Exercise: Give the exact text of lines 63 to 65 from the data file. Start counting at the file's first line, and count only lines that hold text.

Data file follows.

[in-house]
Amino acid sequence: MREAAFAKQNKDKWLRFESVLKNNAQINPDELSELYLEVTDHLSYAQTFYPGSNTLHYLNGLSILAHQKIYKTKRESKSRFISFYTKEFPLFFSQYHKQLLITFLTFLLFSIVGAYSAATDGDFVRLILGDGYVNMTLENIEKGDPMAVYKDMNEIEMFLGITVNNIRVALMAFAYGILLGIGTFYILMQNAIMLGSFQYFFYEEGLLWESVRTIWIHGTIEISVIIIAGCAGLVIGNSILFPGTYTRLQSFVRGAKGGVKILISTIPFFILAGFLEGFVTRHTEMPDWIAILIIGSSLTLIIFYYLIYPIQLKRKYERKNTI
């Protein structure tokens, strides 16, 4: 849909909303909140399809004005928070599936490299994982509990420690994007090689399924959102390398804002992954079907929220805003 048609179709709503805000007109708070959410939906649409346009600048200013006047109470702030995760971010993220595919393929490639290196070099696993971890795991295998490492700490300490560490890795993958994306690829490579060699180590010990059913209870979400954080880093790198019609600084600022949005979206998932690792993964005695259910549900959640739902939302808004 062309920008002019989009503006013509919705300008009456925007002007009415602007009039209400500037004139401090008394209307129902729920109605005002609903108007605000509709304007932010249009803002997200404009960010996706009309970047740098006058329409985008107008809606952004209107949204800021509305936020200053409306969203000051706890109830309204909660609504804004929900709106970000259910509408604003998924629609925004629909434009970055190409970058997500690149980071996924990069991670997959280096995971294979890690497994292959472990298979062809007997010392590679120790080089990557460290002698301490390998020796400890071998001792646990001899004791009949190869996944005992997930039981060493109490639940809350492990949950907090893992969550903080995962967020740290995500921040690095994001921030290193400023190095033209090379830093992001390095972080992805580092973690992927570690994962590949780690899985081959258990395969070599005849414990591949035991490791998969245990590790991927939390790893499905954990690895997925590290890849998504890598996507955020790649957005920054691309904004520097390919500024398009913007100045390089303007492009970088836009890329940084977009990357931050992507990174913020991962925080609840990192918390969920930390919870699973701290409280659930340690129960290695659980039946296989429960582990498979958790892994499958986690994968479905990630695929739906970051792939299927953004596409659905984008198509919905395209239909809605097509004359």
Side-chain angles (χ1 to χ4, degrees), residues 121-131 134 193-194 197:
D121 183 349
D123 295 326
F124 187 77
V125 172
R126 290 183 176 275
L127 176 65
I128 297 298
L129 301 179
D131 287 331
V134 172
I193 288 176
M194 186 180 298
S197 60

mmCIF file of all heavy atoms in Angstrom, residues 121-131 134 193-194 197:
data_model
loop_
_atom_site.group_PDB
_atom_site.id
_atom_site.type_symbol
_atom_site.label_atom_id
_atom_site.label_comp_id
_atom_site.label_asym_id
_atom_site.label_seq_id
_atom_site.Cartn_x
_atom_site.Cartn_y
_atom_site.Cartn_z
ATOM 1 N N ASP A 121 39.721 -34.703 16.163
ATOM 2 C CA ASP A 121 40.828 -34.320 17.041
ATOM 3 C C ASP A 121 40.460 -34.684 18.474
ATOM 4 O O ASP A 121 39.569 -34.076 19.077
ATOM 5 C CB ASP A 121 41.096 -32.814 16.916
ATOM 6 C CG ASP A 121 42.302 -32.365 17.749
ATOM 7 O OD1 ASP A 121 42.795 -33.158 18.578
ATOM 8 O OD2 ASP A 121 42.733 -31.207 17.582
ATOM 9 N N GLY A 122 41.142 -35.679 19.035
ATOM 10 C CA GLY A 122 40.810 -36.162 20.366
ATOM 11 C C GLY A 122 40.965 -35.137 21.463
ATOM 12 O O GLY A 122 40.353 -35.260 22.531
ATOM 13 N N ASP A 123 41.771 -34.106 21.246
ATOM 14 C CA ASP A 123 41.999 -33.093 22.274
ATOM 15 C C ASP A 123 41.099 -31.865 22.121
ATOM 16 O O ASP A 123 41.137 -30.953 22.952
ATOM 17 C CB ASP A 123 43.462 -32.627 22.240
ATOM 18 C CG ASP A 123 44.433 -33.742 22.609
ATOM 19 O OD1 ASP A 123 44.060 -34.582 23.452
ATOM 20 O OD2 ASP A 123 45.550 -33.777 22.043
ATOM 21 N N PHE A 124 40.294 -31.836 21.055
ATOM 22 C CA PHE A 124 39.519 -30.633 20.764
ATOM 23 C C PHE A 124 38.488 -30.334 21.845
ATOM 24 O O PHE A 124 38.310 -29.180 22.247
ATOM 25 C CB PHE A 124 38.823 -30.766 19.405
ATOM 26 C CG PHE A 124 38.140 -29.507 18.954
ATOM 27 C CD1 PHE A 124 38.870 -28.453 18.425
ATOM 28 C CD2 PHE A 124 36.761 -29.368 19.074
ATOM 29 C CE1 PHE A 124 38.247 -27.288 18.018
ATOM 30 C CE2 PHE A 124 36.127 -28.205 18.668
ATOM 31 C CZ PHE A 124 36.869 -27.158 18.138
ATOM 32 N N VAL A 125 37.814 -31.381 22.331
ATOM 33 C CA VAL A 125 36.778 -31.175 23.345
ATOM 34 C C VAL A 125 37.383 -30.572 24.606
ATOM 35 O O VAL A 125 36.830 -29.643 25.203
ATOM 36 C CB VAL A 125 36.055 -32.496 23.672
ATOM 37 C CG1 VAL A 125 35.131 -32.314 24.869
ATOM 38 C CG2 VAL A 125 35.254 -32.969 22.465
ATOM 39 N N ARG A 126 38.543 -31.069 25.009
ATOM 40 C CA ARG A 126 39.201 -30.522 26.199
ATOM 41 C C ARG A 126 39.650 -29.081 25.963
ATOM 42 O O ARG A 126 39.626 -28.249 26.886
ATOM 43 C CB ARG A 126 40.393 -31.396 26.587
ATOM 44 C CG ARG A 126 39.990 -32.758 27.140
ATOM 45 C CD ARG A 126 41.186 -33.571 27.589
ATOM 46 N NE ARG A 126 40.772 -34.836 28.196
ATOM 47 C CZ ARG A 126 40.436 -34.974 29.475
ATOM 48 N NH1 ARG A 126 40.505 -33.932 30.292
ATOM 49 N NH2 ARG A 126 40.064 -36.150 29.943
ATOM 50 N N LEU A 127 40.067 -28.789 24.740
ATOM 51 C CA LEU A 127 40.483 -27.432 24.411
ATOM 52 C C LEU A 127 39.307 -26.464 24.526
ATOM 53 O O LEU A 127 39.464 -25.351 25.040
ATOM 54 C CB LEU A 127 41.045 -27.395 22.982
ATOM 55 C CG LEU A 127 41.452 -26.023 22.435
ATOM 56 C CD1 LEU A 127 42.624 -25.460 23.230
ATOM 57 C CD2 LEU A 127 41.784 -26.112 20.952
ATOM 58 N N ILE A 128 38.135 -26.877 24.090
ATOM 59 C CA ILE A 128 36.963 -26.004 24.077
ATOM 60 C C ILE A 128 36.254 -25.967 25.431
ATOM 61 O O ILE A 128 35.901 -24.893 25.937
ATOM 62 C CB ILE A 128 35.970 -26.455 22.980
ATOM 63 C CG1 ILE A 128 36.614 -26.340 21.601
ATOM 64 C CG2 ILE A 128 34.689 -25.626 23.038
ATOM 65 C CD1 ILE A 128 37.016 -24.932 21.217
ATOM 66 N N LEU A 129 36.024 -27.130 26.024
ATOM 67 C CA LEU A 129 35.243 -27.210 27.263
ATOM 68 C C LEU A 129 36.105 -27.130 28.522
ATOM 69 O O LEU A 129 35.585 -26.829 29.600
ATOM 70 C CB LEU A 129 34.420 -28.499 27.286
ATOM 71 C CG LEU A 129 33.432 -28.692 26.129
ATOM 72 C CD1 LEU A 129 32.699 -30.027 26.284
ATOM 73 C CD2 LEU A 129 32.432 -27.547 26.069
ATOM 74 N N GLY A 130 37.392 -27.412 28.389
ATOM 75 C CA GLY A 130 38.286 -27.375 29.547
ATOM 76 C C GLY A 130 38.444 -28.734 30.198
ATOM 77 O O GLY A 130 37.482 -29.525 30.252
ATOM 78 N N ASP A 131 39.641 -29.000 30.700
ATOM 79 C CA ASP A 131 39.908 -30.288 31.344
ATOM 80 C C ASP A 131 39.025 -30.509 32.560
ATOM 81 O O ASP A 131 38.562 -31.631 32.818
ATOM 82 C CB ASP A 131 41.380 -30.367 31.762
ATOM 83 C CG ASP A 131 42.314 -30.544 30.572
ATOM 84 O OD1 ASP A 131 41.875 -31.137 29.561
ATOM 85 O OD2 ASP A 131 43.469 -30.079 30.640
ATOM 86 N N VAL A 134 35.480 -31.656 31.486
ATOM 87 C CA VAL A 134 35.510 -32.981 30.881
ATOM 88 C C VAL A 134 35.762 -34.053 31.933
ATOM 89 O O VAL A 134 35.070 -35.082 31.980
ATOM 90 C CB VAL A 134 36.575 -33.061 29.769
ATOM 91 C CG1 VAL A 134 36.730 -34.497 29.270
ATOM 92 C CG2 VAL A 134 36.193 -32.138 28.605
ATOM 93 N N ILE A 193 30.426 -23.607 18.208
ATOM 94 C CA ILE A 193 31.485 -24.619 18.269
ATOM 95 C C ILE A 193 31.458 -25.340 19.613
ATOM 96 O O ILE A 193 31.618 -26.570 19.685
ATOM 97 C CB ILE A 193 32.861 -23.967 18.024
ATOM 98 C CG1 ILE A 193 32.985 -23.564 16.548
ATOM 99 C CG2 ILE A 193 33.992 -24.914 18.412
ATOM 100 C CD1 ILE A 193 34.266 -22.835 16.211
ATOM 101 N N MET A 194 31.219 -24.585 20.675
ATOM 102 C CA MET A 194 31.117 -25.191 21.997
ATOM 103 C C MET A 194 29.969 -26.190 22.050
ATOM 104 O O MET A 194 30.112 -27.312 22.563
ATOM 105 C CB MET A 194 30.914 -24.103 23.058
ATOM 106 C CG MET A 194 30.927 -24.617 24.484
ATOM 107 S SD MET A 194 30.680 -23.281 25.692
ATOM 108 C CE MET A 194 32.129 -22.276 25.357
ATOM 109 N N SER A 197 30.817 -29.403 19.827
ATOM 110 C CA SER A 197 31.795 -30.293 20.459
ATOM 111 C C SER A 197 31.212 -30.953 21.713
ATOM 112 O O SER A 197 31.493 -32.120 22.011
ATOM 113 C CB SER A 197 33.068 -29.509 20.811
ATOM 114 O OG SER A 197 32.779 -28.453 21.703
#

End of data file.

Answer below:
ATOM 33 C CA VAL A 125 36.778 -31.175 23.345
ATOM 34 C C VAL A 125 37.383 -30.572 24.606
ATOM 35 O O VAL A 125 36.830 -29.643 25.203